How Do I Not Sound Scripted When Delivering Content Multiple Times?

February 20, 2012 in Author, Delivering Your Presentation, Delivery, Engaging Listeners, FAQs, Greg Owen-Boger, Managing the Orderly Conversation, Myths Debunked, Practice Does Not Make Perfect, Preparation, Presentation

 

greg 200x300Q: I deliver the same information over and over. I know that I sound scripted, but I don’t know what to do about it. Any ideas?

A: I can relate. I used to be an actor. I toured one show – playing the same character – for a year and a half. Talk about saying the same thing repeatedly!

I continue to face this same issue as a trainer, although it requires an entirely different set of skills to sound spontaneous in the classroom than it did on stage.

There are two important things to keep in mind.

1) Presenters should not be scripted because presentations are not theatre. They are “Orderly Conversations” that need to be initiated and managed, not recited or performed.

2) Each audience is a unique group. While your content may be the same, your audience members aren’t. They each have a different set of assumptions and experiences as well as varying degrees of understanding of your topic. This means that you need to make sure you’re explaining concepts to each group in a fresh way. One that meets their needs, not the needs of last week’s group.

Here are a few ideas to help you keep things fresh and specific for each group:

  • Get them talking. Ask them about their experiences with your topic, positive or negative. Ask them about their level of interest. I speak at conferences quite a bit and I have no way of knowing beforehand who’s going to be in the audience. This technique helps me get a better understanding of where their interests lie so I can put more emphasis on them during the presentation. Sometimes I even ask them what order they’d like me to go in.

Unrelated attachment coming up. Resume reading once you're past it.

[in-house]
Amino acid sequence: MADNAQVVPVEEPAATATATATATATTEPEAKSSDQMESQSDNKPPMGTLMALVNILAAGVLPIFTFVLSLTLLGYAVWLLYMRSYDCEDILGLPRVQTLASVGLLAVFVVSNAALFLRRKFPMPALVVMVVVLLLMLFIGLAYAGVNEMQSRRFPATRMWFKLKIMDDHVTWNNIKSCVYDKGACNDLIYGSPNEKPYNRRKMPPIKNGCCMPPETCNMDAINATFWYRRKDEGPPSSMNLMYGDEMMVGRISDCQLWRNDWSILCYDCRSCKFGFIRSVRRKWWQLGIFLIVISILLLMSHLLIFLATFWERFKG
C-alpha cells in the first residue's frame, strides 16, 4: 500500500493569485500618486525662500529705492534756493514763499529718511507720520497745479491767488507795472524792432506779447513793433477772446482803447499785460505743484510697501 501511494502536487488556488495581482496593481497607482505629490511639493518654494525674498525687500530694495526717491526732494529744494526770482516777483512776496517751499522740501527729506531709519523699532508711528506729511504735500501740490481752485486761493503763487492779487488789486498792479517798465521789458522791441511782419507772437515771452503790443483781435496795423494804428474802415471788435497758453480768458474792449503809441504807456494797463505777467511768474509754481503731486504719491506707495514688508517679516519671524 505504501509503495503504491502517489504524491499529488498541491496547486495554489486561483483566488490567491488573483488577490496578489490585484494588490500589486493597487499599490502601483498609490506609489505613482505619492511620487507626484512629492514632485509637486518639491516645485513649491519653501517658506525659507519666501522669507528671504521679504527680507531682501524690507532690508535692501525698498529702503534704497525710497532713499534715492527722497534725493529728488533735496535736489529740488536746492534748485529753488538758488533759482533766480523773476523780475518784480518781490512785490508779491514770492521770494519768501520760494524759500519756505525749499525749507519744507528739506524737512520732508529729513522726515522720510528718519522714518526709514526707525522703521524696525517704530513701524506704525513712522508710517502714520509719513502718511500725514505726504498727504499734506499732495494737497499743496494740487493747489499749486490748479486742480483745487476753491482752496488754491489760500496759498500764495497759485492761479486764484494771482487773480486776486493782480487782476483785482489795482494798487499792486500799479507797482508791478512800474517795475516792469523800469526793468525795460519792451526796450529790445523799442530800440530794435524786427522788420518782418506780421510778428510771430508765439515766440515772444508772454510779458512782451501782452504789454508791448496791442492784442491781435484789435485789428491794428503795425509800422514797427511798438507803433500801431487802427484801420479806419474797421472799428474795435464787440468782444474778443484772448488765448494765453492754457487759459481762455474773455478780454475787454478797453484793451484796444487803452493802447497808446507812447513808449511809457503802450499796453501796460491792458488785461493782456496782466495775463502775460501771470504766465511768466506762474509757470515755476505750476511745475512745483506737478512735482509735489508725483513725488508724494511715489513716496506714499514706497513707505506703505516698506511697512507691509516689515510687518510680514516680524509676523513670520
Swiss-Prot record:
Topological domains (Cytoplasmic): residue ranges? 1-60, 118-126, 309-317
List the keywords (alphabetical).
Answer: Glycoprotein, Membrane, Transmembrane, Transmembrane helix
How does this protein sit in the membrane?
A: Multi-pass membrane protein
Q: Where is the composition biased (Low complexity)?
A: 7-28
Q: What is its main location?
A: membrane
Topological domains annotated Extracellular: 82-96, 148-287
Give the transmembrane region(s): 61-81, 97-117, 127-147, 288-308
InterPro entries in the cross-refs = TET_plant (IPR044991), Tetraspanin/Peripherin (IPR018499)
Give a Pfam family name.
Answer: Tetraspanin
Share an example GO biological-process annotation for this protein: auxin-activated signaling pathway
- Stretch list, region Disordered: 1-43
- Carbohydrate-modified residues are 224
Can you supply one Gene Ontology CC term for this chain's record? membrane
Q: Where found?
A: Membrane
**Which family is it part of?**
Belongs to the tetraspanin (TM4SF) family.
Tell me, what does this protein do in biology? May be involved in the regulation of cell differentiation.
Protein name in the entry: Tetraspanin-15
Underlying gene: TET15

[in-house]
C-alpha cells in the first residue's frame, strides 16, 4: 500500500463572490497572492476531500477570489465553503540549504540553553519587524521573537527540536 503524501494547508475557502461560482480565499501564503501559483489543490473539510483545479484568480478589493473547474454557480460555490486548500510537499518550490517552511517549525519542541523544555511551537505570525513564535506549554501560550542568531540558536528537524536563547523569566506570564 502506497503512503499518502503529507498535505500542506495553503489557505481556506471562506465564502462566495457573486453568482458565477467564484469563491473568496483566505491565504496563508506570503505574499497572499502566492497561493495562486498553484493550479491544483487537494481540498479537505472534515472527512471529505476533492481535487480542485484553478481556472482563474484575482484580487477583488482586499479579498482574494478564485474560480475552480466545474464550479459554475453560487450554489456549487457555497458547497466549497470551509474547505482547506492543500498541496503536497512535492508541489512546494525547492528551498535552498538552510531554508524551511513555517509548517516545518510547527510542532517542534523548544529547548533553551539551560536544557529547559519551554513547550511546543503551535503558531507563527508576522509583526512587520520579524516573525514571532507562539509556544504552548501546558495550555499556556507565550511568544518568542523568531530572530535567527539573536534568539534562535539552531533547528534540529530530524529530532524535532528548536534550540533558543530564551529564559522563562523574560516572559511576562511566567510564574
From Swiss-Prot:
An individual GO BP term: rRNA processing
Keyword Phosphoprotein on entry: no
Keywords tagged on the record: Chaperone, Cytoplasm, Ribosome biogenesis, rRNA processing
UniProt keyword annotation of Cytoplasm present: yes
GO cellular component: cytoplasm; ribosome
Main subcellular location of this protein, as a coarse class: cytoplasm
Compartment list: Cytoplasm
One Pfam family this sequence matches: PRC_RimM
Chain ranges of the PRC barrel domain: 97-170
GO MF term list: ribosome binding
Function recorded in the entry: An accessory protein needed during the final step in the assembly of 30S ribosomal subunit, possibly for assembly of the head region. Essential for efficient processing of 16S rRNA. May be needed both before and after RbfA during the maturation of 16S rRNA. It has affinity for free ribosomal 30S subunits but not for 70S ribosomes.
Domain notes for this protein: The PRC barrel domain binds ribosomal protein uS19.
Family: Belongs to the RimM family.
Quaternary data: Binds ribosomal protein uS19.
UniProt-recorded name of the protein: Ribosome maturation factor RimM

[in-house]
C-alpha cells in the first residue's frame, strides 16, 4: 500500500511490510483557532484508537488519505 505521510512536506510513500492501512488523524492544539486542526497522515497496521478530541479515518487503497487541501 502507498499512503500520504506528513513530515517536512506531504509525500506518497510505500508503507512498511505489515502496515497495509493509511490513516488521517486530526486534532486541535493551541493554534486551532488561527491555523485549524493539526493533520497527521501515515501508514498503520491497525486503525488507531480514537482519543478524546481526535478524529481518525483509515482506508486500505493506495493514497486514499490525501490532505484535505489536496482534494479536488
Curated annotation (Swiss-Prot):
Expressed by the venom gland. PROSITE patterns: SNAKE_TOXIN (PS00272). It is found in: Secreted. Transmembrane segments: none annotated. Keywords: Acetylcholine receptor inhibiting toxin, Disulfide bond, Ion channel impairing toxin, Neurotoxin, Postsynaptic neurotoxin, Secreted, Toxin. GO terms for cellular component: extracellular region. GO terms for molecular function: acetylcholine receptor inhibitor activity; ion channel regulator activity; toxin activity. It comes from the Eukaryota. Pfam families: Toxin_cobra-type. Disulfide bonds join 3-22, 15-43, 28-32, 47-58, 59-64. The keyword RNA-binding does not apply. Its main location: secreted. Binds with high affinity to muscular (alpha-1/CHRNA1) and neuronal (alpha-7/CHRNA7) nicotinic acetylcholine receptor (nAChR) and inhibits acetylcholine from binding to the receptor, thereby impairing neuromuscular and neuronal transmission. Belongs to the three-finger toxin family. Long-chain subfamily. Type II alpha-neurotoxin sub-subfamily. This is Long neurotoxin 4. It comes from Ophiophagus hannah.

• Actively look for peoples’ reactions to what you’re saying. When you do this, you’ll respond naturally just as you do in everyday conversation.
  • Encourage people to ask you questions throughout the presentation. Since you can’t predict what questions they’ll ask (or how the question will be phrased), you’ll be forced to explain ideas in a new way to meet the questioner’s unique point of view.
  • Reorder your slides so that you don’t know for sure what slide is next. This won’t work for everyone, but if you’re brave enough to try it, you’ll appreciate how well it keeps you on your toes.

Try one or more of these ideas, you’ll be surprised how fresh your presentation sounds and feels. The added bonus for you is that you won’t be bored.

What other ideas do you have for keeping stale content fresh?

by Greg Owen-Boger, VP and Trainer at Turpin Communication

What to do when asked questions about things you have already talked about.

June 8, 2010 in Author, Delivering Your Presentation, Delivery, FAQs, Handling Questions, Managing the Orderly Conversation, Mary Clare Healy, Video

Here’s a Frequently Asked Question about being interrupted during a presentation with something you’ve already addressed.

Mary Clare answers in this video blog entry.

QUESTION:
What should you do when you get asked questions about things you already talked about?

Asking Questions at the Beginning of a Presentation

March 23, 2010 in Author, Delivering Your Presentation, Delivery, FAQs, Greg Owen-Boger, Introduction, Organizing Your Content, Presentation, Video

Have you ever asked a question at the beginning of a presentation and gotten nothing back from your audience?  Awkward, huh?  This comes up often in our presentation skills workshops.  Greg Owen-Boger, VP and Trainer at Turpin Communication, addresses this issue in today’s video blog.

QUESTION:
I like to start things off by asking a bunch of questions.  Sometimes this works, but sometimes people just stare at me and don’t want to participate.  How can I avoid this awkward feeling?